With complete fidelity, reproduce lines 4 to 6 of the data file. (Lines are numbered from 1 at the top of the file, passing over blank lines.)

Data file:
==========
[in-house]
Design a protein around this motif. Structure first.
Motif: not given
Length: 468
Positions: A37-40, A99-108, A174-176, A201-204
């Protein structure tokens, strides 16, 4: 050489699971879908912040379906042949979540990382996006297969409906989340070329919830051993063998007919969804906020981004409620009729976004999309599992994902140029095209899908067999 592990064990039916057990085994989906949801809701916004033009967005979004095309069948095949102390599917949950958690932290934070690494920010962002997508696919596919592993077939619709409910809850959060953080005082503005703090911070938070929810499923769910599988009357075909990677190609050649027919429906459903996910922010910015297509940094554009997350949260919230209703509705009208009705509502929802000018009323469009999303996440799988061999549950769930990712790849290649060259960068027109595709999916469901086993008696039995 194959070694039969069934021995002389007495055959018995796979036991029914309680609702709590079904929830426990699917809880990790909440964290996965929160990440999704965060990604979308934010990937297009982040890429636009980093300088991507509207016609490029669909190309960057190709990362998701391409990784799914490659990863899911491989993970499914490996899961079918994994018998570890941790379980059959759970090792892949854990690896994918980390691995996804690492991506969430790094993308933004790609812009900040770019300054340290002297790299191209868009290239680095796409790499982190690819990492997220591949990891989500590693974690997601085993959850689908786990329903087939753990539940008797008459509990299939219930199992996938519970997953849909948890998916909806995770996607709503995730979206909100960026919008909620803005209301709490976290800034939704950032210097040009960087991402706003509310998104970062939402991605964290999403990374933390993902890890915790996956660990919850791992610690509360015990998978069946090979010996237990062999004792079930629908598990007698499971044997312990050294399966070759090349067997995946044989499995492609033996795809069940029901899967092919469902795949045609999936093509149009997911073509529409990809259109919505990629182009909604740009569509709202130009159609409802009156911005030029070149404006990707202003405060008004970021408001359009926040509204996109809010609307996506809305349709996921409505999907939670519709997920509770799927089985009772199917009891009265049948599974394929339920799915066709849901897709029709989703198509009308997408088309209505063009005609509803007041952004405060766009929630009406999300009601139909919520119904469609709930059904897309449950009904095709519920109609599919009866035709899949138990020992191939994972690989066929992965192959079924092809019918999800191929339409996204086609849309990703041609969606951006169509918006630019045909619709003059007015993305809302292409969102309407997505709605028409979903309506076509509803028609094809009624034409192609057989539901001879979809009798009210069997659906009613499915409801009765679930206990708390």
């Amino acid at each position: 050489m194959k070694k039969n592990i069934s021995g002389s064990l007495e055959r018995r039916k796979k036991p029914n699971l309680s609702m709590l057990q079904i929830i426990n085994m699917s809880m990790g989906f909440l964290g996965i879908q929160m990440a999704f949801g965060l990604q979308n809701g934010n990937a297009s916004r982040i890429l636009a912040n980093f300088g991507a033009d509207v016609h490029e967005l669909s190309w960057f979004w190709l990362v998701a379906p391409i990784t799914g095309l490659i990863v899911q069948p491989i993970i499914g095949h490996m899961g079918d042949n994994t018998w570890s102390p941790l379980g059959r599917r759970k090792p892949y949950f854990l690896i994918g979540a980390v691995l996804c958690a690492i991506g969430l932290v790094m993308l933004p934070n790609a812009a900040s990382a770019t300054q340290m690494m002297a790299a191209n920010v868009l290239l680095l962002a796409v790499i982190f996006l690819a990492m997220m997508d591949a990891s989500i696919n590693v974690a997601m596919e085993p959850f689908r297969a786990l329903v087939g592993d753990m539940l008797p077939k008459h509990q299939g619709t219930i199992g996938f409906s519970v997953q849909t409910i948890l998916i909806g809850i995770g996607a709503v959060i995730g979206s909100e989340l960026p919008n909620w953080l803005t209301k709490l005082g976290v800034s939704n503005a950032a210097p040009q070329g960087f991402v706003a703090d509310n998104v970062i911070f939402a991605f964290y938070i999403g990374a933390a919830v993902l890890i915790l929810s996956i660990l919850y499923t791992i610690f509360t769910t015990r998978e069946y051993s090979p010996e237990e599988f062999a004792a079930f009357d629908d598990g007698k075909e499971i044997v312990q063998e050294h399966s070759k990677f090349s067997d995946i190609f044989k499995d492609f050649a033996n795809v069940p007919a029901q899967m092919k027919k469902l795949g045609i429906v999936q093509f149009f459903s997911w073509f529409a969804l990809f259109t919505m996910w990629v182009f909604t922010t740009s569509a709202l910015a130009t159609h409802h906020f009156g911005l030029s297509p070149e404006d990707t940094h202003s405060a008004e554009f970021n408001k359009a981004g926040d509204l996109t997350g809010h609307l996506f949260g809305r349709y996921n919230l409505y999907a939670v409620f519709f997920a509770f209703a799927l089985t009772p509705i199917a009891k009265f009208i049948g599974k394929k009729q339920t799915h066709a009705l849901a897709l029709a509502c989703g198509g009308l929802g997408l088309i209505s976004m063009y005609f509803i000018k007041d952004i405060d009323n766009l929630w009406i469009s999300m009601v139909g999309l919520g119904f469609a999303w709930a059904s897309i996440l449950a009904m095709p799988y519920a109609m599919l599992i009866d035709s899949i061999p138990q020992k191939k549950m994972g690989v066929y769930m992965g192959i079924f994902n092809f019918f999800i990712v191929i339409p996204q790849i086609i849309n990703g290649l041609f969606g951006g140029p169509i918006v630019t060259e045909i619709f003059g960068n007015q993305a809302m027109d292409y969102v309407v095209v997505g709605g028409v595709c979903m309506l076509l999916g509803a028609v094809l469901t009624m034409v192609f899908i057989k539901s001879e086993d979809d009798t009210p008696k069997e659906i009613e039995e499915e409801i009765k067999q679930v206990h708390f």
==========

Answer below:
Length: 468
Positions: A37-40, A99-108, A174-176, A201-204
């Protein structure tokens, strides 16, 4: 050489699971879908912040379906042949979540990382996006297969409906989340070329919830051993063998007919969804906020981004409620009729976004999309599992994902140029095209899908067999 592990064990039916057990085994989906949801809701916004033009967005979004095309069948095949102390599917949950958690932290934070690494920010962002997508696919596919592993077939619709409910809850959060953080005082503005703090911070938070929810499923769910599988009357075909990677190609050649027919429906459903996910922010910015297509940094554009997350949260919230209703509705009208009705509502929802000018009323469009999303996440799988061999549950769930990712790849290649060259960068027109595709999916469901086993008696039995 194959070694039969069934021995002389007495055959018995796979036991029914309680609702709590079904929830426990699917809880990790909440964290996965929160990440999704965060990604979308934010990937297009982040890429636009980093300088991507509207016609490029669909190309960057190709990362998701391409990784799914490659990863899911491989993970499914490996899961079918994994018998570890941790379980059959759970090792892949854990690896994918980390691995996804690492991506969430790094993308933004790609812009900040770019300054340290002297790299191209868009290239680095796409790499982190690819990492997220591949990891989500590693974690997601085993959850689908786990329903087939753990539940008797008459509990299939219930199992996938519970997953849909948890998916909806995770996607709503995730979206909100960026919008909620803005209301709490976290800034939704950032210097040009960087991402706003509310998104970062939402991605964290999403990374933390993902890890915790996956660990919850791992610690509360015990998978069946090979010996237990062999004792079930629908598990007698499971044997312990050294399966070759090349067997995946044989499995492609033996795809069940029901899967092919469902795949045609999936093509149009997911073509529409990809259109919505990629182009909604740009569509709202130009159609409802009156911005030029070149404006990707202003405060008004970021408001359009926040509204996109809010609307996506809305349709996921409505999907939670519709997920509770799927089985009772199917009891009265049948599974394929339920799915066709849901897709029709989703198509009308997408088309209505063009005609509803007041952004405060766009929630009406999300009601139909919520119904469609709930059904897309449950009904095709519920109609599919009866035709899949138990020992191939994972690989066929992965192959079924092809019918999800191929339409996204086609849309990703041609969606951006169509918006630019045909619709003059007015993305809302292409969102309407997505709605028409979903309506076509509803028609094809009624034409192609057989539901001879979809009798009210069997659906009613499915409801009765679930206990708390």